Fall velocity, strange answer.

In summary, the conversation is about a programming project to calculate Newtons of impact force from a fall, taking into account factors such as weight, air resistance, and density of the landing surface. The main issue being discussed is how to determine the area of a human in various free-falling positions, with suggestions to research skydiving/parachuting for estimates. The conversation concludes with a mention of needing to know the spring constant of the landing surface to convert impact speed to force.
  • #1
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Homework Statement



  1. I'm trying to write a program to calculate Newtons of impact force from a fall given the weight, general size, shape, and density of an object. I want to take air resistance into account. I also want to take the density of the thing the object falls on into account. I am having trouble figuring out why a 200 lb object falling 200 ft is going ~23 m/s at the point of impact. This is the loop I am using.

  2. For reference:
  3. accel = acceleration, which is set to 9.81 m/s^2 originally.
  4. densitya = density of air, set to 1.2754 kg/m^3
  5. drag = drag coefficient, set to .6 for the shape.
  6. area = area of the object, set at .58 m^3
  7. dragf = drag force in Newtons
  8. weight = weight. Mass in kg * 9.81
  9. mass = mass in kg, 90.7185
  10. rheight = remaining height. This is in meters, and is set to 60.96

  11. while (rheight > 0)
  12. {
  13. time = time + 0.01;
  14. velocity = velocity + (accel*.01);
  15. dragf = ((densitya*drag*area)/2)*(velocity*velocity);
  16. accel = (weight - dragf)/mass;
  17. rheight = rheight - (velocity*.01);
  18. }
  19. cout << velocity << " " << time;

  20. Am I getting a formula wrong, is the code bugged, or is it something else?

Homework Equations


Drag Force = (p*Cd*A)/2*v^2
Velocity = d/t
Weight = m * 9.81
Acceleration = W - Df

The Attempt at a Solution


Seen above.
 
Last edited:
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  • #2
I think I found your error in line 19. It should read rheight=rheight-velocity*.01. A first test of the program would be to try setting the drag force equal to zero and see if you get a good answer.
 
  • #3
Thank you. That was causing error, but now I am having a different problem. I have no idea what to use for area. Equations for shapes are easy, but what about for a human in various positions free-falling? (It's a fall damage calculator for a game)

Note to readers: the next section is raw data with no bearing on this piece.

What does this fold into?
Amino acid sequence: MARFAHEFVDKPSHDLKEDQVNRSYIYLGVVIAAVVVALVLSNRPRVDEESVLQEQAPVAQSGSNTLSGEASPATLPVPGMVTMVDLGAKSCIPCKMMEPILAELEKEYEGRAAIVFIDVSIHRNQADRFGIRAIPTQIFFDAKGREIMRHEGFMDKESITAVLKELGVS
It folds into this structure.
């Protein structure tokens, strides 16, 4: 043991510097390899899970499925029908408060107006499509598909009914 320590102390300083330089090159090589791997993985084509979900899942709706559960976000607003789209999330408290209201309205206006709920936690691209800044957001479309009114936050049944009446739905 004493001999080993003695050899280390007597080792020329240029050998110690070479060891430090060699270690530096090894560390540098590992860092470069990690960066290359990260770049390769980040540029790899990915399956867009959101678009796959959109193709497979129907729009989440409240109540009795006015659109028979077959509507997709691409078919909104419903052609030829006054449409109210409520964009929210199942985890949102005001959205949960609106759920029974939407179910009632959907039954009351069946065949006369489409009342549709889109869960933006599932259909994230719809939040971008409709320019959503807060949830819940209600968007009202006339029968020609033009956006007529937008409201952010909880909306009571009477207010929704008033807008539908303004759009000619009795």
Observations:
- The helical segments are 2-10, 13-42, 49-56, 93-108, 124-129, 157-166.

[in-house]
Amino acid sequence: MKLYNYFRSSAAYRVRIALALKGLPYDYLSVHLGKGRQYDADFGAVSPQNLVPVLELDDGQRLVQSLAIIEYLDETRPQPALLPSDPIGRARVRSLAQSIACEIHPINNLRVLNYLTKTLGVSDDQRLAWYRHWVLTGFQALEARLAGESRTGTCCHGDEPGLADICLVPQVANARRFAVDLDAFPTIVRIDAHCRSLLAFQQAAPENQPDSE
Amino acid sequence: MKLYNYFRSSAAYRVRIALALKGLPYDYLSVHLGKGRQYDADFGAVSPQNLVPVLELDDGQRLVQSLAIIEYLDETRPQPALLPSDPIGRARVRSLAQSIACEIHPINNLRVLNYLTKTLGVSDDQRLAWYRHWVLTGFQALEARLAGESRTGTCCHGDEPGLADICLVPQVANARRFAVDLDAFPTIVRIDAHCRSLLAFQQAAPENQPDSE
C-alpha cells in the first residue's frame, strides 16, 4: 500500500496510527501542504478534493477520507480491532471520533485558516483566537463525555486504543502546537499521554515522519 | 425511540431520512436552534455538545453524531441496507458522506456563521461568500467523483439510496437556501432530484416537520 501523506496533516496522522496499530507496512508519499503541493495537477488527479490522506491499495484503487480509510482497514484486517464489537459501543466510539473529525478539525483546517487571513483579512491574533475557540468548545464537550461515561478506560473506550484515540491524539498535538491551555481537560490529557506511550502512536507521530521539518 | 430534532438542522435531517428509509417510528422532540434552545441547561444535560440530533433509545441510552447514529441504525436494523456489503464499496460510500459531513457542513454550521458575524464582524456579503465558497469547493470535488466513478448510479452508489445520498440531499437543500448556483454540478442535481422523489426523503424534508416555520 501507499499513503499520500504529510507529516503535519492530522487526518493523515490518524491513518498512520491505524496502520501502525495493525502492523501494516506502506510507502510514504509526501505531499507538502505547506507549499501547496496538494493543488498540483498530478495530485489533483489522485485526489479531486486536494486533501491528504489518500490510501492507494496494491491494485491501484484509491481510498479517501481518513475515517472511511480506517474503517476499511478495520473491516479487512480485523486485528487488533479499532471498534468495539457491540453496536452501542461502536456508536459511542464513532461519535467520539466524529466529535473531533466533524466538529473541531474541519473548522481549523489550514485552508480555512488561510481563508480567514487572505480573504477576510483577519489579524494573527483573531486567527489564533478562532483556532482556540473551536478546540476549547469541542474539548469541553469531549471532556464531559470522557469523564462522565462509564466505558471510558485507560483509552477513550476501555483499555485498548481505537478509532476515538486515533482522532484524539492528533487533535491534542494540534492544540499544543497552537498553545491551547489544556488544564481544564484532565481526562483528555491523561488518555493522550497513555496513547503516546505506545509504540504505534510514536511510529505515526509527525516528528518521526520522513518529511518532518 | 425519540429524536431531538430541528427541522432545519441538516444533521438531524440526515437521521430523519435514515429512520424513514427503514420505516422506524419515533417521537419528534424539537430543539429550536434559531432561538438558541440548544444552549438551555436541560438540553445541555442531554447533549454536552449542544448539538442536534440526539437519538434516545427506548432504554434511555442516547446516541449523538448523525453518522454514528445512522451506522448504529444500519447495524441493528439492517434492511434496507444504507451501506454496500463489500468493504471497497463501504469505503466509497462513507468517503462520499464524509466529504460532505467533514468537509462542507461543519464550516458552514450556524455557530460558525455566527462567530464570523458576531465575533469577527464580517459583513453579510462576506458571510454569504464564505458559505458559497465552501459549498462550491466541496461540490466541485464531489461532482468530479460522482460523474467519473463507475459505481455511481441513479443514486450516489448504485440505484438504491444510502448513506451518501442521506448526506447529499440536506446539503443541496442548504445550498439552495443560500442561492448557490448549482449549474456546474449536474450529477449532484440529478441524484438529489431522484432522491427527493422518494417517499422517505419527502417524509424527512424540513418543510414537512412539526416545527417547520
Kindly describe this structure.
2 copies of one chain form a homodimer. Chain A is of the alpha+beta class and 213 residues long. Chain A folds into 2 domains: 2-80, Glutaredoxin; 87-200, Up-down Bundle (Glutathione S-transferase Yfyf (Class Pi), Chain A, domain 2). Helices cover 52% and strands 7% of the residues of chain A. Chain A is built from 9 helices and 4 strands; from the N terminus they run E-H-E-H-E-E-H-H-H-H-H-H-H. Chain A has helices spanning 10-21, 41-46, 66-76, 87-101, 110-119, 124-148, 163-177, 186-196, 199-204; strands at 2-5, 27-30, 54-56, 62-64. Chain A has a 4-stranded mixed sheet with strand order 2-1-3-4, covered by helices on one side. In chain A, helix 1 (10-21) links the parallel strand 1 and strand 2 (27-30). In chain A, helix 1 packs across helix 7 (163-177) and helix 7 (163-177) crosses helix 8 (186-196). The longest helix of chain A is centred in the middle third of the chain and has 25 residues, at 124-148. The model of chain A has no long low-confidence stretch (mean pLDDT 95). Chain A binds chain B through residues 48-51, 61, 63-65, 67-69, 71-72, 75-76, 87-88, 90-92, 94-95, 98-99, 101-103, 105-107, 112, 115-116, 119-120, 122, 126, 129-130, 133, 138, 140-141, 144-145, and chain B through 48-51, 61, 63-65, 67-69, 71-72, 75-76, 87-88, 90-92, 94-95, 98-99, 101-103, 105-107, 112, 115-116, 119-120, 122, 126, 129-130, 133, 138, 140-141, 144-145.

The main ones I'd need to know is kneeling position, prone, and swan dive.
 
  • #4
Kamiden said:
Thank you. That was causing error, but now I am having a different problem. I have no idea what to use for area. Equations for shapes are easy, but what about for a human in various positions free-falling? (It's a fall damage calculator for a game)

The main ones I'd need to know is kneeling position, prone, and swan dive.
Try reading about skydiving/parachuting. I think with arms spread out, etc., a free fall reaches a limiting velocity of about 100 m.p.h. , but if you google it, you might find the info you need.
 
  • #5
I tried that. I tried that a lot. The best I get is to find the cross-sectional area. I have no idea how to find the area on a freeform object. Would that just be looking from directly below?

Could I use paint and pixels to feet as a proportion?
 
  • #6
Kamiden said:
I tried that. I tried that a lot. The best I get is to find the cross-sectional area. I have no idea how to find the area on a freeform object. Would that just be looking from directly below?

Could I use paint and pixels to feet as a proportion?
Projected area would give a suitable estimate. I do think any kind of free fall estimates through the atmosphere is a rather inexact science.
 
  • #7
Estimates are fine as long as they're at least mostly realistic in this case. Thank you for your help. I got it from here.
 
  • #8
To convert impact speed to force you would need to know the spring constant of the landing surface.
 

1. What is fall velocity?

Fall velocity, also known as terminal velocity, is the maximum speed that an object can reach when falling through a fluid, such as air or water. It is the point at which the drag force of the fluid equals the gravitational force on the object, resulting in no further acceleration.

2. How is fall velocity calculated?

The fall velocity of an object can be calculated using the following formula: V = √(2mg/ρACD), where V is the fall velocity, m is the mass of the object, g is the acceleration due to gravity, ρ is the density of the fluid, A is the cross-sectional area of the object, and CD is the drag coefficient.

3. What factors affect fall velocity?

The fall velocity of an object can be affected by several factors, including the mass and size of the object, the density and viscosity of the fluid, and the shape and surface texture of the object. Other factors such as altitude, air pressure, and wind can also have an impact on fall velocity.

4. Why does the fall velocity of different objects vary?

The fall velocity of an object can vary depending on its physical characteristics, such as mass, size, and shape, which affect its drag coefficient. Objects with a larger surface area or a more streamlined shape will experience more air resistance and therefore have a lower fall velocity compared to objects with a smaller surface area or a less aerodynamic shape.

5. What is the strange answer to fall velocity?

The strange answer to fall velocity refers to the fact that, contrary to popular belief, the fall velocity of an object does not continue to increase indefinitely as it falls. Instead, it reaches a point of equilibrium when the drag force equals the gravitational force, resulting in a constant fall velocity. This strange answer can be explained by the principles of fluid dynamics and the laws of motion.

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